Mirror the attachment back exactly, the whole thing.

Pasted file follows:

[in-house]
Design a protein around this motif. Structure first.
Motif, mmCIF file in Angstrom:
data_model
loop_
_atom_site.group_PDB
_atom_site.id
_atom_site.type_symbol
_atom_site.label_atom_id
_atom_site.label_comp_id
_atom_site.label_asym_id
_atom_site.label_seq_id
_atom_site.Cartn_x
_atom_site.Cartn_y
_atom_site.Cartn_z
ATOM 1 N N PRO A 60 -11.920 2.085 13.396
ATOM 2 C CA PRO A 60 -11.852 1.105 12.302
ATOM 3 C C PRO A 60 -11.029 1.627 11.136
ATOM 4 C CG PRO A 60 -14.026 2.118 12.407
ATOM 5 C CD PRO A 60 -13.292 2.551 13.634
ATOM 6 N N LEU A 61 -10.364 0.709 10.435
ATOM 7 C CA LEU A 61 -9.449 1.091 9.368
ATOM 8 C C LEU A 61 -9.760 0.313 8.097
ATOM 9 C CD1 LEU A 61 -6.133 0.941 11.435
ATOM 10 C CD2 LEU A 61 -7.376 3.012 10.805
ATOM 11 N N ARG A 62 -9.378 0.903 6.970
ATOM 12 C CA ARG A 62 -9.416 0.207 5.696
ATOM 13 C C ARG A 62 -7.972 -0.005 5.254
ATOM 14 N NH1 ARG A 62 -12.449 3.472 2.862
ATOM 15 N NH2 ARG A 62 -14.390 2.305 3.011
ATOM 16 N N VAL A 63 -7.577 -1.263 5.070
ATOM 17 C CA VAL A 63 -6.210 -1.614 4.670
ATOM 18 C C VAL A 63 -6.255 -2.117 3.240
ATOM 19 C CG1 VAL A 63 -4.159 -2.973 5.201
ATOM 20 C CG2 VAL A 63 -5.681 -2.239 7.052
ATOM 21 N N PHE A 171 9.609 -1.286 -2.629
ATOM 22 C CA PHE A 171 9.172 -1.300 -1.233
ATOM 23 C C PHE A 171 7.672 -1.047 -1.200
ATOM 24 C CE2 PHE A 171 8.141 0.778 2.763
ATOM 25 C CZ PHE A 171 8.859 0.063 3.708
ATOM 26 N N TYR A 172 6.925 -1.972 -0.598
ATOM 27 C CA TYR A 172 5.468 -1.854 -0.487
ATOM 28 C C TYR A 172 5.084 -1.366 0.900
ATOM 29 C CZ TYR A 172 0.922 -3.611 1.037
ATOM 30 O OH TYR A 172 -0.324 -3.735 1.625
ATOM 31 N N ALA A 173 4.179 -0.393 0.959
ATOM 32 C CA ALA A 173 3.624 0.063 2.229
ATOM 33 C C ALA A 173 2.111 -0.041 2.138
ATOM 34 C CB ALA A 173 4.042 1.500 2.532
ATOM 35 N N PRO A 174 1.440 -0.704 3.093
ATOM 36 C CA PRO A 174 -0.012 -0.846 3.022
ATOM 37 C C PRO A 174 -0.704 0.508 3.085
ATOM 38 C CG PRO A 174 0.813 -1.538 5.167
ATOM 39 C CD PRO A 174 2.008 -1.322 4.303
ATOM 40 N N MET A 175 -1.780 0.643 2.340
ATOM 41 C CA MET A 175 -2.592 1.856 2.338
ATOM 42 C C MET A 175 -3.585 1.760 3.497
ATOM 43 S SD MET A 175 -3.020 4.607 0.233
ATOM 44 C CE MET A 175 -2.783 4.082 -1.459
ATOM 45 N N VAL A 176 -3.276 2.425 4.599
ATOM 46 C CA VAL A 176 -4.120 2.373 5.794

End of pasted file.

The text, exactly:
[in-house]
Design a protein around this motif. Structure first.
Motif, mmCIF file in Angstrom:
data_model
loop_
_atom_site.group_PDB
_atom_site.id
_atom_site.type_symbol
_atom_site.label_atom_id
_atom_site.label_comp_id
_atom_site.label_asym_id
_atom_site.label_seq_id
_atom_site.Cartn_x
_atom_site.Cartn_y
_atom_site.Cartn_z
ATOM 1 N N PRO A 60 -11.920 2.085 13.396
ATOM 2 C CA PRO A 60 -11.852 1.105 12.302
ATOM 3 C C PRO A 60 -11.029 1.627 11.136
ATOM 4 C CG PRO A 60 -14.026 2.118 12.407
ATOM 5 C CD PRO A 60 -13.292 2.551 13.634
ATOM 6 N N LEU A 61 -10.364 0.709 10.435
ATOM 7 C CA LEU A 61 -9.449 1.091 9.368
ATOM 8 C C LEU A 61 -9.760 0.313 8.097
ATOM 9 C CD1 LEU A 61 -6.133 0.941 11.435
ATOM 10 C CD2 LEU A 61 -7.376 3.012 10.805
ATOM 11 N N ARG A 62 -9.378 0.903 6.970
ATOM 12 C CA ARG A 62 -9.416 0.207 5.696
ATOM 13 C C ARG A 62 -7.972 -0.005 5.254
ATOM 14 N NH1 ARG A 62 -12.449 3.472 2.862
ATOM 15 N NH2 ARG A 62 -14.390 2.305 3.011
ATOM 16 N N VAL A 63 -7.577 -1.263 5.070
ATOM 17 C CA VAL A 63 -6.210 -1.614 4.670
ATOM 18 C C VAL A 63 -6.255 -2.117 3.240
ATOM 19 C CG1 VAL A 63 -4.159 -2.973 5.201
ATOM 20 C CG2 VAL A 63 -5.681 -2.239 7.052
ATOM 21 N N PHE A 171 9.609 -1.286 -2.629
ATOM 22 C CA PHE A 171 9.172 -1.300 -1.233
ATOM 23 C C PHE A 171 7.672 -1.047 -1.200
ATOM 24 C CE2 PHE A 171 8.141 0.778 2.763
ATOM 25 C CZ PHE A 171 8.859 0.063 3.708
ATOM 26 N N TYR A 172 6.925 -1.972 -0.598
ATOM 27 C CA TYR A 172 5.468 -1.854 -0.487
ATOM 28 C C TYR A 172 5.084 -1.366 0.900
ATOM 29 C CZ TYR A 172 0.922 -3.611 1.037
ATOM 30 O OH TYR A 172 -0.324 -3.735 1.625
ATOM 31 N N ALA A 173 4.179 -0.393 0.959
ATOM 32 C CA ALA A 173 3.624 0.063 2.229
ATOM 33 C C ALA A 173 2.111 -0.041 2.138
ATOM 34 C CB ALA A 173 4.042 1.500 2.532
ATOM 35 N N PRO A 174 1.440 -0.704 3.093
ATOM 36 C CA PRO A 174 -0.012 -0.846 3.022
ATOM 37 C C PRO A 174 -0.704 0.508 3.085
ATOM 38 C CG PRO A 174 0.813 -1.538 5.167
ATOM 39 C CD PRO A 174 2.008 -1.322 4.303
ATOM 40 N N MET A 175 -1.780 0.643 2.340
ATOM 41 C CA MET A 175 -2.592 1.856 2.338
ATOM 42 C C MET A 175 -3.585 1.760 3.497
ATOM 43 S SD MET A 175 -3.020 4.607 0.233
ATOM 44 C CE MET A 175 -2.783 4.082 -1.459
ATOM 45 N N VAL A 176 -3.276 2.425 4.599
ATOM 46 C CA VAL A 176 -4.120 2.373 5.794